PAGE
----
More and more cruise ships; Seven Seas Navigator and Voyager

Recently, Carnival Corporation issued a press release pointing out that by 2016, it will have increased the capacity of its fleet by 10 percent. Considering that there are over 100 ships sailing for the various Carnival brands, this will be a considerable achievement. Meanwhile, Royal Caribbean is building a sister to Quantum of the Seas and a third Oasis class ship. Not to be left out, Norwegian Cruise Line is building a series of ships that will be a bigger version of its revolutionary Breakaway class.

Back in the last decade, many in the cruise industry thought that the boom in cruise ship construction would eventually end and the various lines would use the ships that they had built to serve the market for 20 to 40 years. However, during the boom, the public became addicted to new ships. I have heard passengers describe five year old ships as old. Passengers want new ships. Also, as new cruising concepts are conceived, there is a need to create new platforms to implement them. Thus, the industry is forced to build more ships.

The question then becomes what are you going to do with all these ships? They are built to last 40 years or longer and so this is not a case of the new ships replacing ships that are no longer fit for service.

Traditionally in the cruise industry, when a cruise ship started to become long in the tooth and no longer capable of attracting passengers in the primary cruise market (i.e. North America), it was moved to the secondary market (i.e., Europe or Australia). When it became to old to be viable in the secondary market, it became a gambling ship in Asia.

The traditional hierarchy of markets, however, no longer exists. As the popularity of cruises has developed in Europe, Australia and Asia, those parts of the globe have become primary markets. Consequently, you see more and more first tier cruise ships deployed to those markets. The deployment of the new Quantum of the Seas to China is but one example.

Thus, the industry has to count on the continued growth of cruising to absorb all of the ships. In addition, to attract guests, the ships are going places and doing things that were never envisioned when cruising was confined to the Caribbean. And speaking of the Caribbean, the change in the quality and quantity of the attractions and things to do in the popular cruise ports over the last decade has been amazing. A Caribbean cruise is not like it used to be.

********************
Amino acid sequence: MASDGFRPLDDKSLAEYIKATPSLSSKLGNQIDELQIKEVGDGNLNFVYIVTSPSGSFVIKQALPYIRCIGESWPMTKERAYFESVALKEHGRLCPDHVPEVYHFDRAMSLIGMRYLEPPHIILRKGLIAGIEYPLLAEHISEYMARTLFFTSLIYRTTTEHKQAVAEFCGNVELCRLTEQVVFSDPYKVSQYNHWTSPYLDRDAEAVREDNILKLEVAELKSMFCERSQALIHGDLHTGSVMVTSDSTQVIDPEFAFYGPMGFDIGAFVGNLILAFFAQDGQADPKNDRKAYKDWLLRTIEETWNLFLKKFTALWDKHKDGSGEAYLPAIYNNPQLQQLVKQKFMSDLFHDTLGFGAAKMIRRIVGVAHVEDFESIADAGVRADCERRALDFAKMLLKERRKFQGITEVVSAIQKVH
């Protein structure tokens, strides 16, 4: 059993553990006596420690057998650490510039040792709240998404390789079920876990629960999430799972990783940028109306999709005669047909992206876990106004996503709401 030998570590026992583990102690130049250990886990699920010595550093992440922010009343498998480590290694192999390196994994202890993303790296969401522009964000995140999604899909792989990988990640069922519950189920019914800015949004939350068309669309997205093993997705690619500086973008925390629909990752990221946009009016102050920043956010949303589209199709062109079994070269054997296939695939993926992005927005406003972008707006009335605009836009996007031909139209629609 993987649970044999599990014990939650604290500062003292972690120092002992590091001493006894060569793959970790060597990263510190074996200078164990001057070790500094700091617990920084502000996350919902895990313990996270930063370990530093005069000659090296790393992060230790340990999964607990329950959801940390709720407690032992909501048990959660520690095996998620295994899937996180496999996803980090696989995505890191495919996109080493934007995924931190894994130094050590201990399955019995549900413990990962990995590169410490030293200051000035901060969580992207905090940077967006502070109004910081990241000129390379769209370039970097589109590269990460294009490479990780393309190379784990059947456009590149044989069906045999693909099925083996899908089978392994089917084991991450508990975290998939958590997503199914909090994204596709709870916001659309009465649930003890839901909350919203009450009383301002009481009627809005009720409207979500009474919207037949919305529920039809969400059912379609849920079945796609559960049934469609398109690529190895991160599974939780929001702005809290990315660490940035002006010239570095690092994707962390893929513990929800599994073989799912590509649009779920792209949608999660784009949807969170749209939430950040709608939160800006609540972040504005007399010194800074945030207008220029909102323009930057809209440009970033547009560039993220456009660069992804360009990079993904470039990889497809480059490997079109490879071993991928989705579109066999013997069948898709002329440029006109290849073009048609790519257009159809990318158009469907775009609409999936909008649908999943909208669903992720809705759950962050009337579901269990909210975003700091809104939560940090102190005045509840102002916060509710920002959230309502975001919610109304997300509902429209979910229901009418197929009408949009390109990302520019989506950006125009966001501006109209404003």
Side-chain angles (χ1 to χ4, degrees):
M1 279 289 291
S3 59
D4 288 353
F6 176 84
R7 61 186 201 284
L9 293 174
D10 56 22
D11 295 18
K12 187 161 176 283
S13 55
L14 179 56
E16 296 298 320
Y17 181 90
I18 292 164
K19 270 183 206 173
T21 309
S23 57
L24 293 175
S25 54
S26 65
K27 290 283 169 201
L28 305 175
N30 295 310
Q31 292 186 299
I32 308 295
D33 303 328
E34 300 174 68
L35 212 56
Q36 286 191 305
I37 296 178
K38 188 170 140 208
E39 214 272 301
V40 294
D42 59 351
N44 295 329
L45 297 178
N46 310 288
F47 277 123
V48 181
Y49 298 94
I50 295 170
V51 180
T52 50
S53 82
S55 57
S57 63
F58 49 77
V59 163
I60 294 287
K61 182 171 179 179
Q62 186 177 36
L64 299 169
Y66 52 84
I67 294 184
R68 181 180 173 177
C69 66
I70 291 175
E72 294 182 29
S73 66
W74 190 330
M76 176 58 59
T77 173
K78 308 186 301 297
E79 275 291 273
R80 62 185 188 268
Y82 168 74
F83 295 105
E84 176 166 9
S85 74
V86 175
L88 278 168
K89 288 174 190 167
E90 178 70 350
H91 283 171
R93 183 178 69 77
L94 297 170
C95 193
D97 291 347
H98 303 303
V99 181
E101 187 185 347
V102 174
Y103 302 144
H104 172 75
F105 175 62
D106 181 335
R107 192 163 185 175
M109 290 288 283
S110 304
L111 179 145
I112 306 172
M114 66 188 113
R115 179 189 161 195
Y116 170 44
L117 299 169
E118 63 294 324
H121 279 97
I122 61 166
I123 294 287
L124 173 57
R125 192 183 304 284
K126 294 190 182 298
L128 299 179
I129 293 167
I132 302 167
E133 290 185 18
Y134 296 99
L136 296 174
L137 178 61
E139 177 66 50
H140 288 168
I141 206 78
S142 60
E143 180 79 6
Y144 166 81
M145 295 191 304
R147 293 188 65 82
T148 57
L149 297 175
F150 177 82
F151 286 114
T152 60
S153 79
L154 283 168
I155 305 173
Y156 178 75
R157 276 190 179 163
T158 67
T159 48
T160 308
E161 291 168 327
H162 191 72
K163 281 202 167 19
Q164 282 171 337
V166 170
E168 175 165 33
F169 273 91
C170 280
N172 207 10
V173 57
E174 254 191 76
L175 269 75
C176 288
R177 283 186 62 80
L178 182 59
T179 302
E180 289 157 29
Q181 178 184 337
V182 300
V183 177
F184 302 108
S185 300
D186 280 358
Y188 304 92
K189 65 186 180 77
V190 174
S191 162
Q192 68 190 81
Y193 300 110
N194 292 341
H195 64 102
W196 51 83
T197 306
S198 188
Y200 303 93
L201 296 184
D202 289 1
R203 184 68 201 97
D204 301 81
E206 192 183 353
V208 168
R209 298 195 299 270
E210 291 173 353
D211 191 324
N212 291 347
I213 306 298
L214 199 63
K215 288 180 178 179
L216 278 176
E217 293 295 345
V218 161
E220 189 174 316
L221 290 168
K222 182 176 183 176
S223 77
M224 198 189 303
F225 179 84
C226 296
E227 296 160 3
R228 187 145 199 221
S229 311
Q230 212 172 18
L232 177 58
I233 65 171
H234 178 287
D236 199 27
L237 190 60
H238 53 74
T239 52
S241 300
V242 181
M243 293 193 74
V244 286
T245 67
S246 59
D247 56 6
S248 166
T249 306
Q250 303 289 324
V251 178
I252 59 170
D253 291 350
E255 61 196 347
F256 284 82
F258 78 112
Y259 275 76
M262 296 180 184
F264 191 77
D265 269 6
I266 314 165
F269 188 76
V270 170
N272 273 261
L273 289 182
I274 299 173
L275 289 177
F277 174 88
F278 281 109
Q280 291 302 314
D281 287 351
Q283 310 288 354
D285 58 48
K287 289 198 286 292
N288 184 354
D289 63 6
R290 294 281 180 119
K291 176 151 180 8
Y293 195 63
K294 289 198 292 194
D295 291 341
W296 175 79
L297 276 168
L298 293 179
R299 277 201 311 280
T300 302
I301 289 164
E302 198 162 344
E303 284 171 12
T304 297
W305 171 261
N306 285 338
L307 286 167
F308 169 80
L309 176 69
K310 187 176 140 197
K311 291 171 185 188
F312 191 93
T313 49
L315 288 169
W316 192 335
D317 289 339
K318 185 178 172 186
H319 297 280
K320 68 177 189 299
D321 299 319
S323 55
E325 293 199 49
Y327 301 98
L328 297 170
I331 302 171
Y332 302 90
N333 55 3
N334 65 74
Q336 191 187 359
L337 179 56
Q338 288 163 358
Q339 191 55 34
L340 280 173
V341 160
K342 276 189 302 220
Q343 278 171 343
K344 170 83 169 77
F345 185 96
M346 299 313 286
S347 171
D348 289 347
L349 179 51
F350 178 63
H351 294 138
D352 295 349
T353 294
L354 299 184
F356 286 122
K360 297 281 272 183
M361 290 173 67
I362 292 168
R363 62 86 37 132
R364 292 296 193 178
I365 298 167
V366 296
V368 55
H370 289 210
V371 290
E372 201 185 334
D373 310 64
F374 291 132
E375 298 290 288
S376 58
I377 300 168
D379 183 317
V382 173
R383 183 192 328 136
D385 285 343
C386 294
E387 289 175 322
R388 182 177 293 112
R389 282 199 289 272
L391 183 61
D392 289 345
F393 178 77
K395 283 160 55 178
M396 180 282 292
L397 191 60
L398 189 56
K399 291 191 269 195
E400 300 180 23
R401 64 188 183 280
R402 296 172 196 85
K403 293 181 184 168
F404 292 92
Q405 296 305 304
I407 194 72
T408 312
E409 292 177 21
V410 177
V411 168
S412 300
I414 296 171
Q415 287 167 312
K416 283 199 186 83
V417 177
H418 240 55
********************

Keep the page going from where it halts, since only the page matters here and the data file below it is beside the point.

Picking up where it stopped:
Furthermore, the cruise line’s existing ships have to be continually upgraded to remain viable. For example, after Oasis of the Seas and Allure of the Seas entered service, Royal Caribbean undertook a fleet-wide revitalization program to bring some of the popular features of those revolutionary ships to the rest of its fleet. Along the same lines, Carnival so extensively re-did Carnival Destiny to create a platform for Fun Ship 2.0 that they re-named the ship (Carnival Sunshine).

All of this new building seems to be great for consumers. You have new ships and revitalized ships with new offerings. Ships are going to new places. There is more to do in traditional cruise ports as the desire to attract cruise dollars feeds development. Also, unless the laws of economics have been suspended, increased capacity (supply) should place downward pressure on prices.

On Beyondships this week we look at two ships of luxury cruise line Regent Seven Seas Cruises. We have a new mini-profile of Seven Seas Voyager http://www.beyondships2.com/seven-seas-voyager-mini-profile.html. And we have expanded our coverage of Seven Seas Navigator with a new photo feature http://www.beyondships2.com/seven-seas-navigator-photos.html and videos showing the ship in The Bahamas http://www.beyondships2.com/seven-seas-navigator-video.html and in Canada. http://www.beyondships2.com/seven-seas-navigator-video-2.html

Seven Seas Navigator

Seven Seas Navigator

 

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